PollockMay 18, 2001
A film about the life and career of the American painter, Jackson Pollock.
Release Year: 2000
Rating: 7.0/10 (12,733 voted)
Critic's Score: 77/100
Stars: Ed Harris, Marcia Gay Harden, Tom Bower
At the end of the 1940's, abstract expressionist Jackson Pollock (1912-1956) is featured in Life magazine. Flashback to 1941, he's living with his brother in a tiny apartment in New York City, drinking too much, and exhibiting an occasional painting in group shows. That's when he meets artist Lee Krasner, who puts her career on hold to be his companion, lover, champion, wife, and, in essence, caretaker. To get him away from booze, insecurity, and the stress of city life, they move to the Hamptons where nature and sobriety help Pollock achieve a breakthrough in style: a critic praises, then Life magazine calls. But so do old demons: the end is nasty, brutish, and short.
Writers: Steven Naifeh, Gregory White Smith
Marcia Gay Harden
A True Portrait of Life and Art.
Sony Pictures Classics |
Release Date: 18 May 2001
Filming Locations: East Hampton, Long Island, New York, USA
Box Office Details
Opening Weekend: $44,244
(17 December 2000)
(22 July 2001)
Did You Know?
This was originally conceived as a vehicle for Robert De Niro and Barbra Streisand.
Boom mic visible:
Boom mic shadow on canvas as Jackson works on the mural.
Who's the greatest drummer in the world?
In The Abstract
The romantic notion of suffering for one's art has been cinematically
rendered in countless films, depicting the lives of real life artists
ranging from Van Gogh to Camille Claudel to Beethoven to Jim Morrison to
Rimbaud; but rarely has a film penetrated as deeply as `Pollock,' directed
by and starring Ed Harris as the abstract painter Jackson Pollock. The
story begins in 1941 and chronicles Pollock's life until the early 50s.
It's a vivid, and at times grim portrait of a true artist struggling for
recognition, as well as with the inner demons that plague his soul and are
reflected in his art and the way he lives his life. It is said that the
artist `sees' the world differently than the average person, which may be
true; and it is that unique `vision' that sets the artist apart. And
Pollock was no exception to the rule.
As romantic as it may sound, the reality of suffering for one's art is just
that: Suffering. For realizing that vision and bringing it to fruition is
more often than not an arduous and tortuous path to tread. Coalescing the
fragments of that vision and transferring that information into reality can
be a painful process, and one of the strengths of this film is that it so
succinctly conveys that sense of desperation and frustration that are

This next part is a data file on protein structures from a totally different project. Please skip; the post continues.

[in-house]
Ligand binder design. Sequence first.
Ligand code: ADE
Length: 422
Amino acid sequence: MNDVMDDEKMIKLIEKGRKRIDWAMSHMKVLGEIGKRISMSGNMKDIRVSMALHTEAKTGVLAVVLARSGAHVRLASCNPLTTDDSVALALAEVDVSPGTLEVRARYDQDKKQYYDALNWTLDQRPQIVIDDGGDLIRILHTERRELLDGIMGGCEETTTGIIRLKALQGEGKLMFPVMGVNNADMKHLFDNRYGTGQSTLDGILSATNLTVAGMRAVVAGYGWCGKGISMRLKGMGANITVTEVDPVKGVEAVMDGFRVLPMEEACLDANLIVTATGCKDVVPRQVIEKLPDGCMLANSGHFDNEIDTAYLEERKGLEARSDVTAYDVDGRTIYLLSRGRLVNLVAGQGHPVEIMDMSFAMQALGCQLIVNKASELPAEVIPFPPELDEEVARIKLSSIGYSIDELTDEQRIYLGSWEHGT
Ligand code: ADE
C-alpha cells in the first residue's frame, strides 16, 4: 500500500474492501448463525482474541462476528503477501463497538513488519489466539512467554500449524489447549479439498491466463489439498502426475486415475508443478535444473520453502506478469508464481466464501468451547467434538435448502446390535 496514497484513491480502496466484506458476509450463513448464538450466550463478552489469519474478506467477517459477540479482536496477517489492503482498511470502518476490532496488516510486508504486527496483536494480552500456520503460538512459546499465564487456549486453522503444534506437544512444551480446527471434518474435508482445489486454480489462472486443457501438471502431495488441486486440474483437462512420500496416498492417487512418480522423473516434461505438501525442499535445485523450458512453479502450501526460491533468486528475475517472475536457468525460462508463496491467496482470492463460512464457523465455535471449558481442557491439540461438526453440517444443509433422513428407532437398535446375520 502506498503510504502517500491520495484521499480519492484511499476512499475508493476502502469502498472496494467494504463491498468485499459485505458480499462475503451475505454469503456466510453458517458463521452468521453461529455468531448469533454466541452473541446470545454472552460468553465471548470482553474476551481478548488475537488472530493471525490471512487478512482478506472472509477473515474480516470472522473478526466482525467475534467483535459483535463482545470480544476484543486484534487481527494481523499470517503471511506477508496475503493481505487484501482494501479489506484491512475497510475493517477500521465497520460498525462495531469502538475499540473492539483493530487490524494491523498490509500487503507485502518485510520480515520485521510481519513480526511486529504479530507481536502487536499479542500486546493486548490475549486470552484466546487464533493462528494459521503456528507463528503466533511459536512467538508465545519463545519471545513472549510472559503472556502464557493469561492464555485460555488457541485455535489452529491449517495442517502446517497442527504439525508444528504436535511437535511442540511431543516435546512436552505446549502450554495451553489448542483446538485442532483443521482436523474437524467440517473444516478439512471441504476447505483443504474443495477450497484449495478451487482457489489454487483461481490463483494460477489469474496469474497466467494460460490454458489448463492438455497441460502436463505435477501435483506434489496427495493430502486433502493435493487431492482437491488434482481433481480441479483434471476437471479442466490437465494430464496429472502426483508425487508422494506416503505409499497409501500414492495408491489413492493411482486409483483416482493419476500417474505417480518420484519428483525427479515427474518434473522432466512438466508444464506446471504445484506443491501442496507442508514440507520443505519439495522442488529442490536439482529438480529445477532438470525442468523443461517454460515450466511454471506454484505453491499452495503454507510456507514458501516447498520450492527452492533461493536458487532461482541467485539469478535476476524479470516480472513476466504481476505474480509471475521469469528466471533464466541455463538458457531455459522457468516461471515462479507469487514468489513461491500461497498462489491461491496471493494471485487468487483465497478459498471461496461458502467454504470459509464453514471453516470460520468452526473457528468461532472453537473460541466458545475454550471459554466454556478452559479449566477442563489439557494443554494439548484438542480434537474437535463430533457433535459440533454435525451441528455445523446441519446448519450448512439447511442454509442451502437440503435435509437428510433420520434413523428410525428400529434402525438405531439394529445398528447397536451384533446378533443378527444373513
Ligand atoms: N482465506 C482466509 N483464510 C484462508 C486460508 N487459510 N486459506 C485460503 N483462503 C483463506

seemingly an intrinsic part of `creating.' There's a scene in which
Pollock, after having been commissioned to do a mural, sits on the floor of
his studio with his back against the wall staring for days on end at the
blank canvas stretched across the room, waiting for that spark of
inspiration, that sudden moment when what he must do will crystallize in his
mind's eye. It's a powerful, intense scene that allows you to share that
creative process with the artist and experience the emotional turmoil of it,
as well as the exhilaration of the moment when it all suddenly becomes
clear, when the vision is realized. It's a stunning moment; Pollock's face
fills the screen and you actually see it in his eyes, the exact moment of
discovery. And it's absolute magic.
As Pollock, Ed Harris gives arguably the best performance of his career; he
perfectly captures every emotional level of this complex individual, from
the manic highs and lows (exacerbated by alcohol consumption) to the neutral
moments in between. He totally immerses himself in the character, and what
surfaces is a thorough and memorable picture of a tortured genius and flawed
human being. It's an astounding piece of work, for which he most certainly
should have taken home the Oscar for Best Actor.
Marcia Gay Harden received the Academy Award for Best Supporting Actress
for her portrayal of Lee Krasner, the woman who loved Pollock and devoted
herself (even at the expense of her own career as an artist) to the man and
his art. It's a terrific performance, through which Harden brings Lee to
life, physically and emotionally. Her amount of screen time seemingly
should have qualified her for a Best Actress nomination, but regardless, her
work here is unquestionably deserving of the Oscar.
The supporting cast includes Amy Madigan (Peggy Guggenheim), Jennifer
Connelly (Ruth), Jeffrey Tambor (Clement), Bud Cort (Howard), John Heard
(Tony), Sada Thompson (Stella Pollock) and Val Kilmer (Willem de Kooning).
Harris' triumph with `Pollock' does not begin and end with his extraordinary
performance, however; though his acting is so exceptional it would be easy
to overlook the brilliant job of directing he did with this film. And it is
brilliant. The way this film is presented is the work of not only a
seasoned professional, but of a professional artist with a unique vision of
his own. One of the best films of the year (2000), hopefully it will in the
future receive the acclaim of which it is so richly deserving. Hopefully,
as well, Harris will direct again; for it is talent like his, and films like
this one, that expand the Cinematic Universe as we know it. I rate this one